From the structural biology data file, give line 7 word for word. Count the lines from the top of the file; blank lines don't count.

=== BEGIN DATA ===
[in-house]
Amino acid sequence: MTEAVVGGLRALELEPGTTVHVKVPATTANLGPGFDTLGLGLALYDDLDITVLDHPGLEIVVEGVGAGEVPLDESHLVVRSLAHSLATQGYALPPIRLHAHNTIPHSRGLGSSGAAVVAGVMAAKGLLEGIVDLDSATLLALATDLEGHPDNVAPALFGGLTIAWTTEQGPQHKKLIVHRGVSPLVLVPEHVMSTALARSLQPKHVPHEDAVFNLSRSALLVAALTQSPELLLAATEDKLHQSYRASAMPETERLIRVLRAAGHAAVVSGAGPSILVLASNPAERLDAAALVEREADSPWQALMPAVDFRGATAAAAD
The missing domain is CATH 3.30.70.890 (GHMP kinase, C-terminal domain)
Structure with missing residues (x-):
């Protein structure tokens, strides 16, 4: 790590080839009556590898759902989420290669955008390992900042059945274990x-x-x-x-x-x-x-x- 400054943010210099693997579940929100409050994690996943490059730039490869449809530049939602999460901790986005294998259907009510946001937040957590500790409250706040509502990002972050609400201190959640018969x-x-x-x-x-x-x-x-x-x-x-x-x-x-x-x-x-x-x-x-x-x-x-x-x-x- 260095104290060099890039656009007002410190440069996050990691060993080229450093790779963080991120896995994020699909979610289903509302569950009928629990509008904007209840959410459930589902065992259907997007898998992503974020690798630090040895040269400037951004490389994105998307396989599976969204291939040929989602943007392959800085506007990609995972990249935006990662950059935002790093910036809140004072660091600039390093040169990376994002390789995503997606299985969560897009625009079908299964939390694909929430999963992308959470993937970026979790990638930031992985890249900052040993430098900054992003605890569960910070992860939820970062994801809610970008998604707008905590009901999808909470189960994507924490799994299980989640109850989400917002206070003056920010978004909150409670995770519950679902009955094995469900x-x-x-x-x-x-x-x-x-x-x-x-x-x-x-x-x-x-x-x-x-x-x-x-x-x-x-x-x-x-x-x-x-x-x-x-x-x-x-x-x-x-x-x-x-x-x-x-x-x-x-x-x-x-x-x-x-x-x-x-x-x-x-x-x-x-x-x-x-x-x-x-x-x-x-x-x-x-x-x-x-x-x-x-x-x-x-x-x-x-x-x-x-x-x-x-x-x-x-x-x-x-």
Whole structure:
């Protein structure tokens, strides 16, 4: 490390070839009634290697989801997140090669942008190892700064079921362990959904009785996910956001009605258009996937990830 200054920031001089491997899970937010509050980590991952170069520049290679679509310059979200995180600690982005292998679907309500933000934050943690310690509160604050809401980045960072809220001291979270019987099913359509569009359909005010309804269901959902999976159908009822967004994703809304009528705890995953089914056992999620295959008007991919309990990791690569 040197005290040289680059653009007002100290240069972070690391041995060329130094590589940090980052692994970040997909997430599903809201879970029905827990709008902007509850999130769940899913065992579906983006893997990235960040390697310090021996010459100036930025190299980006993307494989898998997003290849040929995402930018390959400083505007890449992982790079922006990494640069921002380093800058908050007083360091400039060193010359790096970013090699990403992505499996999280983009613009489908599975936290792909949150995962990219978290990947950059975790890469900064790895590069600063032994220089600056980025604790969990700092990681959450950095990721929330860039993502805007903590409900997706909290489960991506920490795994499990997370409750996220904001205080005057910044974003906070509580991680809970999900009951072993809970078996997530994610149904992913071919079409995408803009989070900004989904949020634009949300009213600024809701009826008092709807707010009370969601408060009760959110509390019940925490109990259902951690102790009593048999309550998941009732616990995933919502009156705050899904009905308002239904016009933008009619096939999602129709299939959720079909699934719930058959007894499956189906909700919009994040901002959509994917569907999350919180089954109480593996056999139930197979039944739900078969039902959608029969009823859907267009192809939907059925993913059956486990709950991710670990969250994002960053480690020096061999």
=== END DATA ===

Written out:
């Protein structure tokens, strides 16, 4: 490390070839009634290697989801997140090669942008190892700064079921362990959904009785996910956001009605258009996937990830 200054920031001089491997899970937010509050980590991952170069520049290679679509310059979200995180600690982005292998679907309500933000934050943690310690509160604050809401980045960072809220001291979270019987099913359509569009359909005010309804269901959902999976159908009822967004994703809304009528705890995953089914056992999620295959008007991919309990990791690569 040197005290040289680059653009007002100290240069972070690391041995060329130094590589940090980052692994970040997909997430599903809201879970029905827990709008902007509850999130769940899913065992579906983006893997990235960040390697310090021996010459100036930025190299980006993307494989898998997003290849040929995402930018390959400083505007890449992982790079922006990494640069921002380093800058908050007083360091400039060193010359790096970013090699990403992505499996999280983009613009489908599975936290792909949150995962990219978290990947950059975790890469900064790895590069600063032994220089600056980025604790969990700092990681959450950095990721929330860039993502805007903590409900997706909290489960991506920490795994499990997370409750996220904001205080005057910044974003906070509580991680809970999900009951072993809970078996997530994610149904992913071919079409995408803009989070900004989904949020634009949300009213600024809701009826008092709807707010009370969601408060009760959110509390019940925490109990259902951690102790009593048999309550998941009732616990995933919502009156705050899904009905308002239904016009933008009619096939999602129709299939959720079909699934719930058959007894499956189906909700919009994040901002959509994917569907999350919180089954109480593996056999139930197979039944739900078969039902959608029969009823859907267009192809939907059925993913059956486990709950991710670990969250994002960053480690020096061999």